And, of course, the inevitable slew of new cinema releases. People have been saying that 2016 has been an incredibly bad year for film. I’m not so sure... I feel like a lot of the DVDs and Blu Rays I wanted to explore had to be overlooked this year because there were so many interesting releases at the cinema. Will 2017 be the same? We shall all have to wait and see, I guess.
One thing’s for sure though... I’m very grateful for each and every one of you who comes on here to read my words once in a while, even if it’s only very occasionally. So thanks so much for your time and support and have a very Merry Christmas from me. And, you know... a very Happy New Year.
Tuesday, 20 December 2016
The Annual Quiz
So here we are again.
Time for another Cryptic Movie Quiz for the Christmas period.
If you look at the grid above you’ll see spaces for 18 movie titles running horizontally and below are the cryptic clues to help you work out what these non-Christmas movie titles are (I'm sorry if it looks a bit blurry but the new Photoshop is absolute rubbish). To help you out, I’ve filled in a line of letters downwards spelling out EAT, DRINK AND BE MERRY... so you have a letter in its correct position for each of the titles. Click on the grid to see a larger version of it.
Once again... and depending on my finances after Christmas... I’ll probably award a small, strange or possibly customised prize (if I know you from Twitter) to the person with the most correct answers.
Email your answers to me at email@example.com and you have until the end of New Year’s Day (January 1st 2016) to get your entries in. A few days after that, I’ll stick up the name of the winner (or winners, if it’s a tie), along with all the answers, here on my blog.
By way of an example, here’s a question from last year’s quiz, followed by the answer.
One thousand quid for rooms to rent for that annoying, enlightened soul. 21 letters.
One thousand pounds is also known as "a grand" in the UK. An enlightened soul could be Buddha but, if he's annoying, then he could be a bit of a Pest. If he's renting a room then it could well be in a hotel. Hence we have The Grand Budapest Hotel.
If you keep checking back at the comments section, I may put the odd clue on every now and again to help you out.
Full marks are rarely scored so if you’re feeling a bit stuck, there’s still everything to play for. Send me what you've got anyway.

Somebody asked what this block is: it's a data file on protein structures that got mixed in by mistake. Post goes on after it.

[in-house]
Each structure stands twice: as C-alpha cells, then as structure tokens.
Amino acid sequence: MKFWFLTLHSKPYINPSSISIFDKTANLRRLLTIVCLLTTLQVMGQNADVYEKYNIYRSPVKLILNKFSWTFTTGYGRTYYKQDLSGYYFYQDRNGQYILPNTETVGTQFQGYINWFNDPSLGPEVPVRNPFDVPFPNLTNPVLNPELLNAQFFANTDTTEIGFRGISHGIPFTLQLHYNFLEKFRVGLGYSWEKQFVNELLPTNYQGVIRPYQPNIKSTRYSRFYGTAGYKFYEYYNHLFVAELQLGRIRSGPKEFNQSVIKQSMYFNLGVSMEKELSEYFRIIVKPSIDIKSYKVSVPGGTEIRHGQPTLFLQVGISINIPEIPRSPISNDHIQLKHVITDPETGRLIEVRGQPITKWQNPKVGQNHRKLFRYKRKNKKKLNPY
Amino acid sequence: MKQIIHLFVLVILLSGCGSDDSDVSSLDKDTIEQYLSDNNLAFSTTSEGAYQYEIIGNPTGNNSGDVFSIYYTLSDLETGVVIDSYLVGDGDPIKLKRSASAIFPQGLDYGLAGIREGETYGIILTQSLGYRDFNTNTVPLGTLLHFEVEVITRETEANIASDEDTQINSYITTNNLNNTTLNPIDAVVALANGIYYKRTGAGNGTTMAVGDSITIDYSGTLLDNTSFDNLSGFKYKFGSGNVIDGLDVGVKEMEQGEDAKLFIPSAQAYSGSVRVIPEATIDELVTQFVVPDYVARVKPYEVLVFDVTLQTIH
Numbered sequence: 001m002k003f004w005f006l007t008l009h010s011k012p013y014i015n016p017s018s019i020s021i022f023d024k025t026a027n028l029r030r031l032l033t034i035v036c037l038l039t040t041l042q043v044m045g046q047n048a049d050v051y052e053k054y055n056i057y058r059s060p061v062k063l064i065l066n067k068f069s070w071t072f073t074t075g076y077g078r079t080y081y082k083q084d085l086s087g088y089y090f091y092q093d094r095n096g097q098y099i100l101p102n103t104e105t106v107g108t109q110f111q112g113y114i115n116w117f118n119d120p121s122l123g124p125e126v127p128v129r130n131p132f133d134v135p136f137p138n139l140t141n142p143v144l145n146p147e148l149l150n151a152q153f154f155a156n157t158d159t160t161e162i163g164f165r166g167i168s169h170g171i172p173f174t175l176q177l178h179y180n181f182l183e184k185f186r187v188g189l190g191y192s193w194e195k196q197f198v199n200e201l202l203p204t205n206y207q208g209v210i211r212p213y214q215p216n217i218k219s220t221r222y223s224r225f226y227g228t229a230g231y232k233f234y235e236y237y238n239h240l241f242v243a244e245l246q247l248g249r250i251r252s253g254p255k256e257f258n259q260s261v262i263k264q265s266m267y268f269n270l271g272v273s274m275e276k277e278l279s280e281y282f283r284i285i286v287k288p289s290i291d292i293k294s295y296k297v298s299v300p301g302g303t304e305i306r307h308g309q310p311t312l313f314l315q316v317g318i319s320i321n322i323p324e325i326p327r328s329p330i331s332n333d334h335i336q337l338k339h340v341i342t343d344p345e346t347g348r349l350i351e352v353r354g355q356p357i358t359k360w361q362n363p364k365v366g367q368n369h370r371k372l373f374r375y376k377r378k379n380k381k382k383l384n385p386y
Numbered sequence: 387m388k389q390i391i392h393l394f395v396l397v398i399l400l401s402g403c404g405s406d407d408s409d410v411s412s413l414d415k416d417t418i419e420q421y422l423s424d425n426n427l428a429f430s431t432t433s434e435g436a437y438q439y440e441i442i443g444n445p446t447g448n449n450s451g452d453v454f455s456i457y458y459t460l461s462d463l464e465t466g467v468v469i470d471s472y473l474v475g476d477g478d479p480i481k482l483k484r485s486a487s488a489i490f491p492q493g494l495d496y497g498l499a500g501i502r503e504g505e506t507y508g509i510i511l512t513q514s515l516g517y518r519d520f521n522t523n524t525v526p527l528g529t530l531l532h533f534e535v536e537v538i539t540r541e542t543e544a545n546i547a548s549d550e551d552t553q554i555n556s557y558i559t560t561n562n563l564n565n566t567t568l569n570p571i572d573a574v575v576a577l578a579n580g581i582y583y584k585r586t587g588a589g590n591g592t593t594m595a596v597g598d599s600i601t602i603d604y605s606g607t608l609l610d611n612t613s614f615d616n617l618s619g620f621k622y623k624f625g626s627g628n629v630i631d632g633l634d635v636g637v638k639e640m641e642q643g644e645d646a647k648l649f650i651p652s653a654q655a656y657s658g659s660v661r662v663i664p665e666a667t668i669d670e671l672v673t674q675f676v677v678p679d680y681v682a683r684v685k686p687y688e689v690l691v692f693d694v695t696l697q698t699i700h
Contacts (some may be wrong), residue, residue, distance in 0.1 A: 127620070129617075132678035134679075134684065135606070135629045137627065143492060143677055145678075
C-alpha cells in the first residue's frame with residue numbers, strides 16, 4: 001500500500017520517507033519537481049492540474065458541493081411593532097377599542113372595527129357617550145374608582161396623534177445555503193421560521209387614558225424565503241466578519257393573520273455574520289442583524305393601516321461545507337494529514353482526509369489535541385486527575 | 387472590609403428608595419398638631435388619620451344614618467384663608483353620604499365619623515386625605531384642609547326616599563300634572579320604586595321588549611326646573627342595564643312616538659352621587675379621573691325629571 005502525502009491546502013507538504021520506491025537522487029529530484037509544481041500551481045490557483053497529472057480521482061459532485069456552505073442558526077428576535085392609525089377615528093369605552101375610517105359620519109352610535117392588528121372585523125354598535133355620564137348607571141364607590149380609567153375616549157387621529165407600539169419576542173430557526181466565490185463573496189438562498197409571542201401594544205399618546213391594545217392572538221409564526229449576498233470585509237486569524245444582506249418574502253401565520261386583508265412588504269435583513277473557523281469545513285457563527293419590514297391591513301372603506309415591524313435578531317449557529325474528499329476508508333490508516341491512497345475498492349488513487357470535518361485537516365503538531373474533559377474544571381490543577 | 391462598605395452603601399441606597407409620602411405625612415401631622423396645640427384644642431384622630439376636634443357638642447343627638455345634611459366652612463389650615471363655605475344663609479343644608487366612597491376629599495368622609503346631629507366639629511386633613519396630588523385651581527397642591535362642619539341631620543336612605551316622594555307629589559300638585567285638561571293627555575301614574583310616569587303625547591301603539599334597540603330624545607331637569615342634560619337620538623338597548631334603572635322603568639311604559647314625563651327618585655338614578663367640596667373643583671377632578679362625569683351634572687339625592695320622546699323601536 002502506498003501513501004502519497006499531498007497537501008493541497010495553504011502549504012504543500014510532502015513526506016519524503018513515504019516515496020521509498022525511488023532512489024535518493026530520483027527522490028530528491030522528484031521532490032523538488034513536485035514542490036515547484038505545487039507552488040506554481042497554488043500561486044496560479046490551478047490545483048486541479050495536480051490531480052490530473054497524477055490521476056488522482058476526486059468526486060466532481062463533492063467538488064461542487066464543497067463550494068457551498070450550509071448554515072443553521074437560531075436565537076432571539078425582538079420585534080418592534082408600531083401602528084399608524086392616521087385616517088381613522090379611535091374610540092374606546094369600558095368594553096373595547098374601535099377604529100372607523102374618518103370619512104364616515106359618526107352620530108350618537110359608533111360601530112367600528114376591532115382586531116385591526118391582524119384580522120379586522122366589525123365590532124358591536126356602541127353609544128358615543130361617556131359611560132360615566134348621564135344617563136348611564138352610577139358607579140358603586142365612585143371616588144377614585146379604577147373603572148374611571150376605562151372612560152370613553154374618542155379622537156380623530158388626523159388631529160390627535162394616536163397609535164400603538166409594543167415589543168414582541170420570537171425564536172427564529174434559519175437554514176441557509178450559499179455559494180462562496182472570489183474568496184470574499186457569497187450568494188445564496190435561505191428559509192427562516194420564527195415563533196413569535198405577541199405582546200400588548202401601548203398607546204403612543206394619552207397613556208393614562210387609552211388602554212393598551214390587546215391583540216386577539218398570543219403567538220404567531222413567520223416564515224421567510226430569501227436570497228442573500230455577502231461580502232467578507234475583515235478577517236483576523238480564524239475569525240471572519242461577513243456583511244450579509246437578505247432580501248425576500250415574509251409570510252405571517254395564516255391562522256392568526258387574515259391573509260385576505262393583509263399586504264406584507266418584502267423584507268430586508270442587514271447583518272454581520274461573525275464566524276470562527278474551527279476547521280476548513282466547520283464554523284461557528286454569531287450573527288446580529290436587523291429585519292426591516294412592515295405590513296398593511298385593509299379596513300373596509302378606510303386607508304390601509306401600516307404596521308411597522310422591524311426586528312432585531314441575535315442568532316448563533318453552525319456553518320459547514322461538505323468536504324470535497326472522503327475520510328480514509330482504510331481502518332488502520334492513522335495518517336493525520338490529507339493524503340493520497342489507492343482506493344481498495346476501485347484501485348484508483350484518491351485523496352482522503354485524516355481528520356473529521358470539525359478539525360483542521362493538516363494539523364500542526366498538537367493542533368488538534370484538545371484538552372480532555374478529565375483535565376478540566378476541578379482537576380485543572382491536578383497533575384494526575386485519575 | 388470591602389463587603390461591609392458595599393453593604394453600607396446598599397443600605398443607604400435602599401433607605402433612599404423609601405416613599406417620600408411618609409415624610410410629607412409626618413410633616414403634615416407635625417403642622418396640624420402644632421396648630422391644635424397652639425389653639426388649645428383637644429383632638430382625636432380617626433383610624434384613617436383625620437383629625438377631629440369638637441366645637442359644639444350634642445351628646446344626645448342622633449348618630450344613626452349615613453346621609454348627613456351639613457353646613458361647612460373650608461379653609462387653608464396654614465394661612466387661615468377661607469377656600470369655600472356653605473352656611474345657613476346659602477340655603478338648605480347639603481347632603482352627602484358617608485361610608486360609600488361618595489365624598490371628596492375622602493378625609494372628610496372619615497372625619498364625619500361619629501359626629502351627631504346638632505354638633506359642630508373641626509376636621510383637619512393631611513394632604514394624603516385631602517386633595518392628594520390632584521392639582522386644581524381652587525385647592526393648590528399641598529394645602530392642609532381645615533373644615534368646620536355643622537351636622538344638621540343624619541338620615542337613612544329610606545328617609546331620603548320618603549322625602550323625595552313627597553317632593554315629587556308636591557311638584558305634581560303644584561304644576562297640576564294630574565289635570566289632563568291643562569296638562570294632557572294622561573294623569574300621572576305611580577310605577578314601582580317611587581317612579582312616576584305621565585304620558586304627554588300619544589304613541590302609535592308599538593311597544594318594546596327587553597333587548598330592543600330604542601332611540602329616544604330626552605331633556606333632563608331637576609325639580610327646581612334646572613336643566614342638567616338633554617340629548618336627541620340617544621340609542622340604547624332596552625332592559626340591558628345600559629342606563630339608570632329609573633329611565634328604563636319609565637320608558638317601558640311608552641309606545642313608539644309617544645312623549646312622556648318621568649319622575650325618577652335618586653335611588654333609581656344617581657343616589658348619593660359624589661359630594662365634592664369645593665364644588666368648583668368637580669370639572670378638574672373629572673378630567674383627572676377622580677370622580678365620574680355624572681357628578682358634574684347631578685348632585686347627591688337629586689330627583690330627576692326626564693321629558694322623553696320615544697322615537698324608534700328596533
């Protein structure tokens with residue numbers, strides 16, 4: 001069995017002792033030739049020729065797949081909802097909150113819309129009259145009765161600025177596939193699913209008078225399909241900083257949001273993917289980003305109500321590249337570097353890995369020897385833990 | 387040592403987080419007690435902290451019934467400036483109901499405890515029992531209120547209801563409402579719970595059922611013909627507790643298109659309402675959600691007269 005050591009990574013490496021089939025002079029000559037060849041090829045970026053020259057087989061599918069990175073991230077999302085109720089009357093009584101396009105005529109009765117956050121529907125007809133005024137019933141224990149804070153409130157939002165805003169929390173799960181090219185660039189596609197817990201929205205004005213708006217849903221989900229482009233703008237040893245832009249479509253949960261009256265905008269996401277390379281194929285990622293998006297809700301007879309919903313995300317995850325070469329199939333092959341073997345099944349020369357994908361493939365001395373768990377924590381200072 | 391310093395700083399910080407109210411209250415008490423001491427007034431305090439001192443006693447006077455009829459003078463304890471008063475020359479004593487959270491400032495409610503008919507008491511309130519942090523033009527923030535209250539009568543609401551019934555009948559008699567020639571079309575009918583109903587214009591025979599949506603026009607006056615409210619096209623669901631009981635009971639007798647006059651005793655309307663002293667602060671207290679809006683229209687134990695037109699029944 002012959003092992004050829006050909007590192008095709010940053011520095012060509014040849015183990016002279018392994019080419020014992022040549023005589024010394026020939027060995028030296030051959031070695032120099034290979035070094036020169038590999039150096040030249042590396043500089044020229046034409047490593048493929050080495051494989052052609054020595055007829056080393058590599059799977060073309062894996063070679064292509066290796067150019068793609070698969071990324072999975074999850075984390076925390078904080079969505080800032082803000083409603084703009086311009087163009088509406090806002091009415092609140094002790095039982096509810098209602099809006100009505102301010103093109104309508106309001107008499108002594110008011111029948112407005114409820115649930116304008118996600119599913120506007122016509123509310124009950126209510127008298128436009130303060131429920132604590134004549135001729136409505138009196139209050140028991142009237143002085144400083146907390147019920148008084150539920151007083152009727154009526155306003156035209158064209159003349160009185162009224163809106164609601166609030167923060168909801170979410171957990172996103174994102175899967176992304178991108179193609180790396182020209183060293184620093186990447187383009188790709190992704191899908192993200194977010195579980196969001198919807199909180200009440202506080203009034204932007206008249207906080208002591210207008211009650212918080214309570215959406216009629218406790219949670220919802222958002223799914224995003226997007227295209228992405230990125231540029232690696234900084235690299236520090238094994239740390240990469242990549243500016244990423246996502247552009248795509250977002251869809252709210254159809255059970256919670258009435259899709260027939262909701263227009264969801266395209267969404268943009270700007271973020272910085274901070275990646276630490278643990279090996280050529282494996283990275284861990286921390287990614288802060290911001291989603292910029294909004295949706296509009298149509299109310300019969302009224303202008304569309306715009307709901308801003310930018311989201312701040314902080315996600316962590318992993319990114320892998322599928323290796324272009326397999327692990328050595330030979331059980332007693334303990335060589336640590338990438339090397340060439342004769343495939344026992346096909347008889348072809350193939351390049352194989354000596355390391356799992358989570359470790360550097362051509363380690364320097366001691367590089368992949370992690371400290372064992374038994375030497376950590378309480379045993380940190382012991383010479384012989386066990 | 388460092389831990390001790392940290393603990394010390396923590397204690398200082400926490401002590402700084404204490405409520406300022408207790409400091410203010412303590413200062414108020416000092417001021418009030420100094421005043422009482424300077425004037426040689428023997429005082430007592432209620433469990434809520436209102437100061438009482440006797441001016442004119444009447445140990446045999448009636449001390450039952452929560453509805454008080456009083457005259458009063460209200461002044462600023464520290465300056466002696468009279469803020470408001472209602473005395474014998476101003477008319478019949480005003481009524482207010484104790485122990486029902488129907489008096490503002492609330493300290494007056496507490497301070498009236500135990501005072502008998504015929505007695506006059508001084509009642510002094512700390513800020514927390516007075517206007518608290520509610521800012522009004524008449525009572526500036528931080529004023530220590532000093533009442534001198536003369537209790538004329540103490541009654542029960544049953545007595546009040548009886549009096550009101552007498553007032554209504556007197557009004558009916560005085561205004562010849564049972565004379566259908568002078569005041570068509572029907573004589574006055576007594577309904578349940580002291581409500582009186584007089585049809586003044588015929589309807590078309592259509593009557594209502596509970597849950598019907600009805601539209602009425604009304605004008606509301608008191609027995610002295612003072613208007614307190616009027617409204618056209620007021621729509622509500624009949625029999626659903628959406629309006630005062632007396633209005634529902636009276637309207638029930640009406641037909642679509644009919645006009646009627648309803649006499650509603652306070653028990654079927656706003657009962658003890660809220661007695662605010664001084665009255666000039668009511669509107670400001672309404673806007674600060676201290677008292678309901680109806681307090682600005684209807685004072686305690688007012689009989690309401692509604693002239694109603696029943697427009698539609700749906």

Hope you enjoy playing and, above all, have fun.
1. A less egotistical, traditionally English adopted drink behaving much more like a flaming headed Johnny! (13 letters)
2. Placed upon an Apple branded, bleeting sheep. (7 letters)
3. Unusual, backwards fish on a rocky pinnacle. (13 letters)
4. Drifting, frozen plasma is a tramp. (13 letters)
5. Whether it’s this Linda or that Linda, it should make an interesting activity. (20 letters)
6. A couple of bonfire night dummies from a city in France. (11 letters)
7. None scrambled at the demonstration of the fourteenth letter of the alphabet. (12 letters)
8. A loose Emergency Room. (7 letters)
9. An unhappy and confused oak is speaking in poetry. A spiritual entity is proceeding positively but in reverse. (14 letters)
10. Rearrange the angle slightly and reshuffle the end of the earth. (10 letters)
11. That young lady stuck between Sunday and Tuesday. (17 letters)
12. Diminuitively speaking James, it’s a greeting. (7 letters)
13. Get in a couple of big fights just above the thigh. You can put this example of typographic spacing in a container if you are family. (18 letters)
14. See the insect and then send a letter to one. (11 letters)
15. To derive, by reasoning, in the negative. (7 letters)
16. A single stalk of wheat gets very angry while wearing a couple of French hats. (16 letters)
17. Great French fiction writer finds himself in a muddle. (5 letters)
18. Unlock to gain access on the Monday and the man is royalty. (13 letters)
Sunday, 18 December 2016
Rogue One’s Run
Rogue One - A Star Wars Tale
2016 USA Directed by Gareth Edwards
UK cinema release print.
Warning: There’s a whole galaxy load of spoilers in this review so probably don’t read this until you’ve seen the movie.
First up, before I pull this movie apart a little, I’d like to ask you all to take this review with a pinch of salt. The reasons for this are as follows...